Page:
But what input would best counteract the adverse effects of social media? The answer has broader implications for teenagers than one might expect: reading. Research shows that reading helps with sleep, stress—one study found that just six minutes of reading reduced stress by 68%, more than any other form of relaxation—and that reading fiction in particular improves empathy and social awareness. As a consequence, readers report higher levels of happiness than non-readers, according to a survey of 27,305 people in 13 countries commissioned by Kindle. Unfortunately, thanks to a decades-long decline in literacy (and a corresponding rise in internet use) among high school age students, teenagers have largely lost these benefits, with 27% of 17-year-olds reporting they “never” or “hardly ever” read, up from 9% in 1984. And it will only get worse.
An article in a recent issue of TIME lauds the coming of a “fourth industrial revolution that will fuse the physical, digital and biological worlds.” In this new technological era, humans will have access to a digital copy of the physical world called a “metaverse.” What will become of books, never mind simple pleasures like eating and drinking, can only be guessed. What is clear is that we are quickly approaching that point. Over the past year, COVID-19 forced businesses to go virtual, but after reaping the benefits of less commuting and higher digital efficiency, company CEOs are making the change permanent. This comes as digitization is sweeping entertainment, education and commerce across all sectors. But is this really what we want? More digitization can only mean more mental health problems and less healthy influences. If the ubiquitousness of smartphones led us to where we are now, a free to roam digital universe will be the end of civil society.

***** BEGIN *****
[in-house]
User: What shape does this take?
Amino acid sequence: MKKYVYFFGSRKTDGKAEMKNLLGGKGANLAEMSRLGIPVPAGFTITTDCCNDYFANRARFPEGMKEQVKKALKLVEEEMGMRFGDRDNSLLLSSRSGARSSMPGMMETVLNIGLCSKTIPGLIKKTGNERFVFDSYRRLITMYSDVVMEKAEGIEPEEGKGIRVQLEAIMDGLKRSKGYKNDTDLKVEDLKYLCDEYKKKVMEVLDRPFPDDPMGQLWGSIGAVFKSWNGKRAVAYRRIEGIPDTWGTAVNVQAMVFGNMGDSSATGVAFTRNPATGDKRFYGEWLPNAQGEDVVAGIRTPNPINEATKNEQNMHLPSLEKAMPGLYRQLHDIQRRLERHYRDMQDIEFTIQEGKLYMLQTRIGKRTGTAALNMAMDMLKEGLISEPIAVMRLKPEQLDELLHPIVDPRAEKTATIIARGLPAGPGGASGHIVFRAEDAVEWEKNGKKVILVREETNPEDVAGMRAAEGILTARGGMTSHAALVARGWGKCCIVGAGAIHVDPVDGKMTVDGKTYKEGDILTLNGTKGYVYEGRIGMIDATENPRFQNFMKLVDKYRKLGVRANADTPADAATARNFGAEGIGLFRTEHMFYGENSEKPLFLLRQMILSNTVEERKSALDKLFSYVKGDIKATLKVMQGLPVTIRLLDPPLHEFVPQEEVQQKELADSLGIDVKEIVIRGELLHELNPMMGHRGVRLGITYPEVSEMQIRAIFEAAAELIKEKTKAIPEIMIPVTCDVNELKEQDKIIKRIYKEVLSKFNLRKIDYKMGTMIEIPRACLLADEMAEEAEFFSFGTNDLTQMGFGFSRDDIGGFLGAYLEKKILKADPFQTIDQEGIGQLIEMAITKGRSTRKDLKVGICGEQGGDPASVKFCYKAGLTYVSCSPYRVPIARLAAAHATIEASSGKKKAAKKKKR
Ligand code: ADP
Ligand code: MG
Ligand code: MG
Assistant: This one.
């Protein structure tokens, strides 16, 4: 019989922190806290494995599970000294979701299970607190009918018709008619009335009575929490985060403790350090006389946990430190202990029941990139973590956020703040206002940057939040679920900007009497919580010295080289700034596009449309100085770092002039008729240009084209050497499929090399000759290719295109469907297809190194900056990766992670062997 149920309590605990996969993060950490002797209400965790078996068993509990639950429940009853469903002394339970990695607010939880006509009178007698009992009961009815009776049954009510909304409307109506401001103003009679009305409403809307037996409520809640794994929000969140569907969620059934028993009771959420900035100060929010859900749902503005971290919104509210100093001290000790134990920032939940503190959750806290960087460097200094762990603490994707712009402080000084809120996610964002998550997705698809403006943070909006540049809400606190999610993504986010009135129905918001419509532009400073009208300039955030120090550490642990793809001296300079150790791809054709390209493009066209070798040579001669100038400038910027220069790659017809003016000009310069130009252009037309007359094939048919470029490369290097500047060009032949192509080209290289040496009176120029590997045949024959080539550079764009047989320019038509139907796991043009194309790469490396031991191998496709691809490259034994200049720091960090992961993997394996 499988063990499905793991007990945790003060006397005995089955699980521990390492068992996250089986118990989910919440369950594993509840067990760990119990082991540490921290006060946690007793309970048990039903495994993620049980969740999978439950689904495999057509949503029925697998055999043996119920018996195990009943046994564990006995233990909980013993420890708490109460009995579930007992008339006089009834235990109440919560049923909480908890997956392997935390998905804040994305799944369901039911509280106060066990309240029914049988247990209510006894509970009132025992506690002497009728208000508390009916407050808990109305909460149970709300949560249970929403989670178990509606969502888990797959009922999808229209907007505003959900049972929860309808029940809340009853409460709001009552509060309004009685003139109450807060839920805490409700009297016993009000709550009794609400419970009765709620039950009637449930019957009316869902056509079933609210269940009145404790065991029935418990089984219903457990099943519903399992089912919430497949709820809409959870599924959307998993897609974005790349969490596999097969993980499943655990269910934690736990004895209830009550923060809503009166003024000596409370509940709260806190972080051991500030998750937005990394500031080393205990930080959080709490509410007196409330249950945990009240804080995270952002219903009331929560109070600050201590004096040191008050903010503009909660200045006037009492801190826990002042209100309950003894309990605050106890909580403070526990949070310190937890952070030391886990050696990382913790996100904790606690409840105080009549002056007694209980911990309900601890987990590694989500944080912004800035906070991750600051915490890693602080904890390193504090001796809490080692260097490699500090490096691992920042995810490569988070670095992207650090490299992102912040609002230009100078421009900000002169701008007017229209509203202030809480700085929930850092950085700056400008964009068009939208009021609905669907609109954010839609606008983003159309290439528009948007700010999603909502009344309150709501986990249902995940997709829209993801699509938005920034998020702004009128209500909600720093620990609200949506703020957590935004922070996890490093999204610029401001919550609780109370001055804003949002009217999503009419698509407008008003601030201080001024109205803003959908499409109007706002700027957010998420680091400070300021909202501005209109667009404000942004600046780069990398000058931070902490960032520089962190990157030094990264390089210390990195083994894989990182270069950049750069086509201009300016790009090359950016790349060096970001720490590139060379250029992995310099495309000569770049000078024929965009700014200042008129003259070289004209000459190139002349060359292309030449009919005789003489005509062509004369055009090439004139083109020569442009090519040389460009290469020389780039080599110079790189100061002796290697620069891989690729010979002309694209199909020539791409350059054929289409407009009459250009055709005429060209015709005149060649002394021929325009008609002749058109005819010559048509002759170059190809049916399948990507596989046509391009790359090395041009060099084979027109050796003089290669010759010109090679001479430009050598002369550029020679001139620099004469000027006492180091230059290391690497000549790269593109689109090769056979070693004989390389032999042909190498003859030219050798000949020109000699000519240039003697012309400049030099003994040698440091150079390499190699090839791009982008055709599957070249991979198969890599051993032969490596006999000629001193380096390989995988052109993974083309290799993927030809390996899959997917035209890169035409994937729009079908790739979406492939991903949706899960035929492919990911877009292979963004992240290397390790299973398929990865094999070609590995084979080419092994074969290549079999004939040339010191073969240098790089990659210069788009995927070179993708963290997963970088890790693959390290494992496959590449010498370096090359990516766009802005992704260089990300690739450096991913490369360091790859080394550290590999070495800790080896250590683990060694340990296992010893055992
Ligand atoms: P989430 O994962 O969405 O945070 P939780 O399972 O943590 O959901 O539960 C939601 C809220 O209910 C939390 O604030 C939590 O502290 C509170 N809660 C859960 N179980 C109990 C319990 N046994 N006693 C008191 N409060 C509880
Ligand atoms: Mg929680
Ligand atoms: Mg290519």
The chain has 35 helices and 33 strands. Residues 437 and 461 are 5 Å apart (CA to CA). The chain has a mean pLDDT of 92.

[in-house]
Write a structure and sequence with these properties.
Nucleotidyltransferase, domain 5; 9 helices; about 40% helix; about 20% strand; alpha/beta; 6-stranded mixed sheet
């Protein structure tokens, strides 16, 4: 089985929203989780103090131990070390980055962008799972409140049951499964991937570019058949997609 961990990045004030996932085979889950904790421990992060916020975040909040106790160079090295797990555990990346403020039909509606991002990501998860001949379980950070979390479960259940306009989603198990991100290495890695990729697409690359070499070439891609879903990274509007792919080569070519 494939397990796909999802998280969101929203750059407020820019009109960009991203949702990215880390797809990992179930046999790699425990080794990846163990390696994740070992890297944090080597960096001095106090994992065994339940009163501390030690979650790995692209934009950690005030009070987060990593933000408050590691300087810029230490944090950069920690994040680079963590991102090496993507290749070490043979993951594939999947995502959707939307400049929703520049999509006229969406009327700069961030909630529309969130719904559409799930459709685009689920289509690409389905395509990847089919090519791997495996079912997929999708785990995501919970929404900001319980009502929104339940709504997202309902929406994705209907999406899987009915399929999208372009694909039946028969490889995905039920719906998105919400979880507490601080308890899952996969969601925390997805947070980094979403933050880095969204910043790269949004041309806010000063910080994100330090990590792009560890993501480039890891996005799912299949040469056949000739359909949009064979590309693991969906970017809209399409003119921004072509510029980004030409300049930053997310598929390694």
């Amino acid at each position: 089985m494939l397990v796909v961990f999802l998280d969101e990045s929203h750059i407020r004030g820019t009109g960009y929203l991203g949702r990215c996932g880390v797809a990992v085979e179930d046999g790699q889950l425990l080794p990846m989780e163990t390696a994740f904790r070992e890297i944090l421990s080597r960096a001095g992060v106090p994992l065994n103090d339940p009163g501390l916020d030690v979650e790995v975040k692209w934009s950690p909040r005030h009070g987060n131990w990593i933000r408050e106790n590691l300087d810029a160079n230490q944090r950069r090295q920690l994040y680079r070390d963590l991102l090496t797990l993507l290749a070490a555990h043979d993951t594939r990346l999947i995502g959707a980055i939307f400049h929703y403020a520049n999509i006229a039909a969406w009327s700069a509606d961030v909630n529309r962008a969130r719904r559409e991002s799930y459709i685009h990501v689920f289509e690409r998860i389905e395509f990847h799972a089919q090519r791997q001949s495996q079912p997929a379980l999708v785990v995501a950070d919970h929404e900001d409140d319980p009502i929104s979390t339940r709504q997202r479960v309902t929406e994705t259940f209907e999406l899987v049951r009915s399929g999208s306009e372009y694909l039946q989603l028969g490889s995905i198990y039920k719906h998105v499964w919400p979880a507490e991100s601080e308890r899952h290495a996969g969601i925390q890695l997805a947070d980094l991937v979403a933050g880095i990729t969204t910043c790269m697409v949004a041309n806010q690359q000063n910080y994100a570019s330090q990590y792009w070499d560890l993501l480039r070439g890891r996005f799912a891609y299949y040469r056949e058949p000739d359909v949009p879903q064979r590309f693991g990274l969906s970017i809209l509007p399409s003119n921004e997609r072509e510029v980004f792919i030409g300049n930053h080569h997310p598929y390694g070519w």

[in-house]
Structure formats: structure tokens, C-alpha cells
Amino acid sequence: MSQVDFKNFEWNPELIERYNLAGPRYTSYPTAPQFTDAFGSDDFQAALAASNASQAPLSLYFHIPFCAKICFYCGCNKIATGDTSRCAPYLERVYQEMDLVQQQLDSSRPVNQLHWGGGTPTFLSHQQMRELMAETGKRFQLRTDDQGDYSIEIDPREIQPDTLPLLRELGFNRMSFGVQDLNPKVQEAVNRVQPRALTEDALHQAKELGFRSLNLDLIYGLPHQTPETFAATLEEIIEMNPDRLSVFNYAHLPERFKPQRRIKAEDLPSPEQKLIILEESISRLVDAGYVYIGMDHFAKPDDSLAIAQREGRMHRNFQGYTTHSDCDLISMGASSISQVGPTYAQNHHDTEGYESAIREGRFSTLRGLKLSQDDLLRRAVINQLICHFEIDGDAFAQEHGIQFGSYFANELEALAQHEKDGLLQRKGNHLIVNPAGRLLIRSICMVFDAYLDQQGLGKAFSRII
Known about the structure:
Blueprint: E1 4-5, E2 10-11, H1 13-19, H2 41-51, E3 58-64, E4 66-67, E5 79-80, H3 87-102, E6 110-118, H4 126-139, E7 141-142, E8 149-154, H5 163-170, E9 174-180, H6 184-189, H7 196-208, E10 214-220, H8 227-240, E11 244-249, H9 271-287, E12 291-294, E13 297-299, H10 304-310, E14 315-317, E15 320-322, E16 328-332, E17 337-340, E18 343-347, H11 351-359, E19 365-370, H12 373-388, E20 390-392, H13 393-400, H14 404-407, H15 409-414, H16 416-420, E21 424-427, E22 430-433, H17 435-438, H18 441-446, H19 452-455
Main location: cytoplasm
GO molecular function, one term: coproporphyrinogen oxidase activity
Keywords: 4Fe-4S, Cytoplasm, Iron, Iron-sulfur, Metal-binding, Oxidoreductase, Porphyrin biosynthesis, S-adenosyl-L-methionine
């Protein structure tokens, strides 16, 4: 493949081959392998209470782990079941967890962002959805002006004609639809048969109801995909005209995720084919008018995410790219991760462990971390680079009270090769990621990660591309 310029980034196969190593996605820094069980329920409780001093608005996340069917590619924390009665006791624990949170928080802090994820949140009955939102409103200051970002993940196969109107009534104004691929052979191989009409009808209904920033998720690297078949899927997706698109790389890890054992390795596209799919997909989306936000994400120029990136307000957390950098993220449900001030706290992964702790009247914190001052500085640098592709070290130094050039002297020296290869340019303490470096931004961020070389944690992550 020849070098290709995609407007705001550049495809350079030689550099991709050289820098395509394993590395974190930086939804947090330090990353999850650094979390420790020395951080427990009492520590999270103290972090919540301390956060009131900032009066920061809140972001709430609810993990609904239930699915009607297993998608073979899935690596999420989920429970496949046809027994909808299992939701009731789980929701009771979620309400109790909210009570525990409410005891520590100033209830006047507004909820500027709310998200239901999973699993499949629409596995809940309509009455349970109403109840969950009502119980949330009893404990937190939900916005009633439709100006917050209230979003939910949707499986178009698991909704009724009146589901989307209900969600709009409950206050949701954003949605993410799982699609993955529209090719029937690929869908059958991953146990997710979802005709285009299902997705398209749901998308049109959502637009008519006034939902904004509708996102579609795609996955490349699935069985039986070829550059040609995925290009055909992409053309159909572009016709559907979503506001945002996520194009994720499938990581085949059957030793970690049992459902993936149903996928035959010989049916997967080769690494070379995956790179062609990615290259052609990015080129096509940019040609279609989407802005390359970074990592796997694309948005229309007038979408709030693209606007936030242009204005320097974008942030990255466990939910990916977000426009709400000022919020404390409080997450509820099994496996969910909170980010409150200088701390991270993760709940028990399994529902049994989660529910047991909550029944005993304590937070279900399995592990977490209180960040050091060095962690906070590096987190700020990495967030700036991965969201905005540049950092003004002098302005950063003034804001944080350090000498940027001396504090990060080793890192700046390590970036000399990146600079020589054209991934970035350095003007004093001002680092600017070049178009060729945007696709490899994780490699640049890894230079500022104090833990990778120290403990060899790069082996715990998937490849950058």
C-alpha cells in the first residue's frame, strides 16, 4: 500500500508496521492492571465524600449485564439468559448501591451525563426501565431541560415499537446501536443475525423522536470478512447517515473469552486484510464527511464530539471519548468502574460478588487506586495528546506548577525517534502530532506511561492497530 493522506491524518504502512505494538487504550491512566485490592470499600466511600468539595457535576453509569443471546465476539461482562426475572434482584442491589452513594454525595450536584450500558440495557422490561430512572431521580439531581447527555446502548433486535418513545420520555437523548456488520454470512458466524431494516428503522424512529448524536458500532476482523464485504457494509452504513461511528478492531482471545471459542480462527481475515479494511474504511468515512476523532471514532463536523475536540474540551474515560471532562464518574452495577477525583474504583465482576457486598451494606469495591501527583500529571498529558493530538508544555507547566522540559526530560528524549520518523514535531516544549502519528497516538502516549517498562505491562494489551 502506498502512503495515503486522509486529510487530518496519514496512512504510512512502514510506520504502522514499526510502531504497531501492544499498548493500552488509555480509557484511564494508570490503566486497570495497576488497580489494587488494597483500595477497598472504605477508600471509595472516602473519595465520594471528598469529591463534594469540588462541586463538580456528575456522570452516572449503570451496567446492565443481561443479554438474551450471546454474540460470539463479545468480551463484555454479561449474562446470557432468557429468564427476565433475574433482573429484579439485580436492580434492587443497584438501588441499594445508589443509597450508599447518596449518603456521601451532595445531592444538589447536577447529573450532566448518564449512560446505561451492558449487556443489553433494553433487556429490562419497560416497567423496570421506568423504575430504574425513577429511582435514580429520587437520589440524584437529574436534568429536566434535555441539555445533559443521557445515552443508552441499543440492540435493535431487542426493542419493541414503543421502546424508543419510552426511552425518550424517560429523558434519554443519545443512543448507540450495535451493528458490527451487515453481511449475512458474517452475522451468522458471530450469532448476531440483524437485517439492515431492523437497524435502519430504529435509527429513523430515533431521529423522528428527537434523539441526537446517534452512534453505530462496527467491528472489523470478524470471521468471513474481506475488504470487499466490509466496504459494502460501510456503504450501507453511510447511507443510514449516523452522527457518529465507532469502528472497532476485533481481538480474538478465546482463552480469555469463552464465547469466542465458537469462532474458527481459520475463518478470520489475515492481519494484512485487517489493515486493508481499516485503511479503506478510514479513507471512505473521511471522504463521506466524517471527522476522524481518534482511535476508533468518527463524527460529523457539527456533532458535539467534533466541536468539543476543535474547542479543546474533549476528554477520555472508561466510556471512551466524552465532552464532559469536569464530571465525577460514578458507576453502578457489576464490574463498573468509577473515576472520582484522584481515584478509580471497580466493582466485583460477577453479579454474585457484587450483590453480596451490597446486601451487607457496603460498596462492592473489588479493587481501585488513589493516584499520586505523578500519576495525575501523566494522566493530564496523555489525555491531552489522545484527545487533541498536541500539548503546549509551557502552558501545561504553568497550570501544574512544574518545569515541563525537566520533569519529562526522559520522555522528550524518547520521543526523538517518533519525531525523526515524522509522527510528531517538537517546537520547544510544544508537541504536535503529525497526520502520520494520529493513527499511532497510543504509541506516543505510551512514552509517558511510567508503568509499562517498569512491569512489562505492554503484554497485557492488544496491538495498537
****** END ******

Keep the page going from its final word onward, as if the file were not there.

It’s been five months now since my suspension. At first, I felt deeply outraged, something I made sure to channel in the daily suspension appeals I filed to Twitter Support. But I soon found out that it was hopeless: Twitter’s support system has been overrun by appeals over the past year--thanks in part to their newly hardened stance against incitement and misinformation--and suspension appeals like mine are on the bottom of their priority list. If my account were to be reinstated at some point in the future, it would be a matter of pure luck. In reality, I was lucky to have been suspended; I was one of the few required by circumstance to shelve social media and seek better outlets in a world where incentive to do so is increasingly scarce. If there’s anything I learned from the experience, it’s that that incentive is precious, because once it's gone, reading and self-discovery will die with it. There will be one world, one connectivity--and no way out.